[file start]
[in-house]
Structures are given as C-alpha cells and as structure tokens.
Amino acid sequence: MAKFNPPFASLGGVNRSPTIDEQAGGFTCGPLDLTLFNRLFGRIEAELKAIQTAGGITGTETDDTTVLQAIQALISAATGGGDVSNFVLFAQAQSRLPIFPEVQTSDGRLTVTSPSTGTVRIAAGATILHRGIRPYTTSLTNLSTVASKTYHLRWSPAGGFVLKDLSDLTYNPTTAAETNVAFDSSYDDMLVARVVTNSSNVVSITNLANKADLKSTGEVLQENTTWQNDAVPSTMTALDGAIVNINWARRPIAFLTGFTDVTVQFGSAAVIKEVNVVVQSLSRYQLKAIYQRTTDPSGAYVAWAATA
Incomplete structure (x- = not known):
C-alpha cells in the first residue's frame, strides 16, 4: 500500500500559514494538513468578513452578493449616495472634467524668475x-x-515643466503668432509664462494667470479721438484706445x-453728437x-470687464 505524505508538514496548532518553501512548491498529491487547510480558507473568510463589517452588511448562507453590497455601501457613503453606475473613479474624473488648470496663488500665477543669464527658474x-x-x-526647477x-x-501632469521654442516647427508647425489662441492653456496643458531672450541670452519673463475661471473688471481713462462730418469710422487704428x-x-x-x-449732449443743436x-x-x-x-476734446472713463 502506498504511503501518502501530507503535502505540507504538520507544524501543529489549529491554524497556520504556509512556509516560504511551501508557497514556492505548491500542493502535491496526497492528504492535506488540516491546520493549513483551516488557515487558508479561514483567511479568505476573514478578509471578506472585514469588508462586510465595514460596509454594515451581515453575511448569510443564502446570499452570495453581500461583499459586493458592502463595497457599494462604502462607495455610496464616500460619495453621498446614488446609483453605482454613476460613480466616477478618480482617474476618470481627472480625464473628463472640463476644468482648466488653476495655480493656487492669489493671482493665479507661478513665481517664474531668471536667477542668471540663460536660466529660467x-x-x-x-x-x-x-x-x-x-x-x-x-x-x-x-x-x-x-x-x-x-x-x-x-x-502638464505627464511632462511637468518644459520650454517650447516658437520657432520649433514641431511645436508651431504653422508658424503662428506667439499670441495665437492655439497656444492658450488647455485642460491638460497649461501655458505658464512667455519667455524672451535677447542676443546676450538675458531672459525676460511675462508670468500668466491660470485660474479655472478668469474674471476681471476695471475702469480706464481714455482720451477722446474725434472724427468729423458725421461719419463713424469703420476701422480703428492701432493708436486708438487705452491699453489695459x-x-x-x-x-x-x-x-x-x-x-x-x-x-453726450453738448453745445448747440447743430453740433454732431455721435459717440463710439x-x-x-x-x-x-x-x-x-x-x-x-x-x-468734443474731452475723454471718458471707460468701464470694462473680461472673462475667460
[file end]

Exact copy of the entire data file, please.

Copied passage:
[in-house]
Structures are given as C-alpha cells and as structure tokens.
Amino acid sequence: MAKFNPPFASLGGVNRSPTIDEQAGGFTCGPLDLTLFNRLFGRIEAELKAIQTAGGITGTETDDTTVLQAIQALISAATGGGDVSNFVLFAQAQSRLPIFPEVQTSDGRLTVTSPSTGTVRIAAGATILHRGIRPYTTSLTNLSTVASKTYHLRWSPAGGFVLKDLSDLTYNPTTAAETNVAFDSSYDDMLVARVVTNSSNVVSITNLANKADLKSTGEVLQENTTWQNDAVPSTMTALDGAIVNINWARRPIAFLTGFTDVTVQFGSAAVIKEVNVVVQSLSRYQLKAIYQRTTDPSGAYVAWAATA
Incomplete structure (x- = not known):
C-alpha cells in the first residue's frame, strides 16, 4: 500500500500559514494538513468578513452578493449616495472634467524668475x-x-515643466503668432509664462494667470479721438484706445x-453728437x-470687464 505524505508538514496548532518553501512548491498529491487547510480558507473568510463589517452588511448562507453590497455601501457613503453606475473613479474624473488648470496663488500665477543669464527658474x-x-x-526647477x-x-501632469521654442516647427508647425489662441492653456496643458531672450541670452519673463475661471473688471481713462462730418469710422487704428x-x-x-x-449732449443743436x-x-x-x-476734446472713463 502506498504511503501518502501530507503535502505540507504538520507544524501543529489549529491554524497556520504556509512556509516560504511551501508557497514556492505548491500542493502535491496526497492528504492535506488540516491546520493549513483551516488557515487558508479561514483567511479568505476573514478578509471578506472585514469588508462586510465595514460596509454594515451581515453575511448569510443564502446570499452570495453581500461583499459586493458592502463595497457599494462604502462607495455610496464616500460619495453621498446614488446609483453605482454613476460613480466616477478618480482617474476618470481627472480625464473628463472640463476644468482648466488653476495655480493656487492669489493671482493665479507661478513665481517664474531668471536667477542668471540663460536660466529660467x-x-x-x-x-x-x-x-x-x-x-x-x-x-x-x-x-x-x-x-x-x-x-x-x-x-502638464505627464511632462511637468518644459520650454517650447516658437520657432520649433514641431511645436508651431504653422508658424503662428506667439499670441495665437492655439497656444492658450488647455485642460491638460497649461501655458505658464512667455519667455524672451535677447542676443546676450538675458531672459525676460511675462508670468500668466491660470485660474479655472478668469474674471476681471476695471475702469480706464481714455482720451477722446474725434472724427468729423458725421461719419463713424469703420476701422480703428492701432493708436486708438487705452491699453489695459x-x-x-x-x-x-x-x-x-x-x-x-x-x-453726450453738448453745445448747440447743430453740433454732431455721435459717440463710439x-x-x-x-x-x-x-x-x-x-x-x-x-x-468734443474731452475723454471718458471707460468701464470694462473680461472673462475667460